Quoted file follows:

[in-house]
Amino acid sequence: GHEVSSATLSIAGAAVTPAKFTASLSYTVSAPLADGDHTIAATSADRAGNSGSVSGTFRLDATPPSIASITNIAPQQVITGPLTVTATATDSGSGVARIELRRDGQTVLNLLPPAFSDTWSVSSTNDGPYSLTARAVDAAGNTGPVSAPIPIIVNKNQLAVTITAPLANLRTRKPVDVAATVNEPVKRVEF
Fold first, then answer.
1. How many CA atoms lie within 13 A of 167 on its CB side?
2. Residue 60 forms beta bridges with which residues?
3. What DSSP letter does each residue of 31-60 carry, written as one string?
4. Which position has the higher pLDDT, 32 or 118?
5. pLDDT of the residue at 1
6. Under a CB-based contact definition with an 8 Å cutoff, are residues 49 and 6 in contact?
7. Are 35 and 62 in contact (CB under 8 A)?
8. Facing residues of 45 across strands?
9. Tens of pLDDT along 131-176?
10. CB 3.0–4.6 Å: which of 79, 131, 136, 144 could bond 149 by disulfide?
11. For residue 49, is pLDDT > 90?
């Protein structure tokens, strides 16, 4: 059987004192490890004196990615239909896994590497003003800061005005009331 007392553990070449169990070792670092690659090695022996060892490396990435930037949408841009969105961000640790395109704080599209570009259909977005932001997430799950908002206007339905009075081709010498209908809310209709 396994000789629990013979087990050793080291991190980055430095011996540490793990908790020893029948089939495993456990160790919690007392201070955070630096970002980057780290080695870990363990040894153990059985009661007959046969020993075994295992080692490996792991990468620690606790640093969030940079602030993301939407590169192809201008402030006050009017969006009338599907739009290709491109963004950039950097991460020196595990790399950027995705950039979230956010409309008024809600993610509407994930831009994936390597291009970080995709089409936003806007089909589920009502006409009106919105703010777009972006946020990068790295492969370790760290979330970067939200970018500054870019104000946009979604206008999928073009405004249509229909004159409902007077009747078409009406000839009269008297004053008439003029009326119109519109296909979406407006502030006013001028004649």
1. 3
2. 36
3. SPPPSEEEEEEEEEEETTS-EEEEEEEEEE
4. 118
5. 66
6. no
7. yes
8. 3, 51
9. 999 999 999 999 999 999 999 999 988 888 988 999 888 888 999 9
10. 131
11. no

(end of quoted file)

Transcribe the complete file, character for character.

[in-house]
Amino acid sequence: GHEVSSATLSIAGAAVTPAKFTASLSYTVSAPLADGDHTIAATSADRAGNSGSVSGTFRLDATPPSIASITNIAPQQVITGPLTVTATATDSGSGVARIELRRDGQTVLNLLPPAFSDTWSVSSTNDGPYSLTARAVDAAGNTGPVSAPIPIIVNKNQLAVTITAPLANLRTRKPVDVAATVNEPVKRVEF
Fold first, then answer.
1. How many CA atoms lie within 13 A of 167 on its CB side?
2. Residue 60 forms beta bridges with which residues?
3. What DSSP letter does each residue of 31-60 carry, written as one string?
4. Which position has the higher pLDDT, 32 or 118?
5. pLDDT of the residue at 1
6. Under a CB-based contact definition with an 8 Å cutoff, are residues 49 and 6 in contact?
7. Are 35 and 62 in contact (CB under 8 A)?
8. Facing residues of 45 across strands?
9. Tens of pLDDT along 131-176?
10. CB 3.0–4.6 Å: which of 79, 131, 136, 144 could bond 149 by disulfide?
11. For residue 49, is pLDDT > 90?
């Protein structure tokens, strides 16, 4: 059987004192490890004196990615239909896994590497003003800061005005009331 007392553990070449169990070792670092690659090695022996060892490396990435930037949408841009969105961000640790395109704080599209570009259909977005932001997430799950908002206007339905009075081709010498209908809310209709 396994000789629990013979087990050793080291991190980055430095011996540490793990908790020893029948089939495993456990160790919690007392201070955070630096970002980057780290080695870990363990040894153990059985009661007959046969020993075994295992080692490996792991990468620690606790640093969030940079602030993301939407590169192809201008402030006050009017969006009338599907739009290709491109963004950039950097991460020196595990790399950027995705950039979230956010409309008024809600993610509407994930831009994936390597291009970080995709089409936003806007089909589920009502006409009106919105703010777009972006946020990068790295492969370790760290979330970067939200970018500054870019104000946009979604206008999928073009405004249509229909004159409902007077009747078409009406000839009269008297004053008439003029009326119109519109296909979406407006502030006013001028004649």
1. 3
2. 36
3. SPPPSEEEEEEEEEEETTS-EEEEEEEEEE
4. 118
5. 66
6. no
7. yes
8. 3, 51
9. 999 999 999 999 999 999 999 999 988 888 988 999 888 888 999 9
10. 131
11. no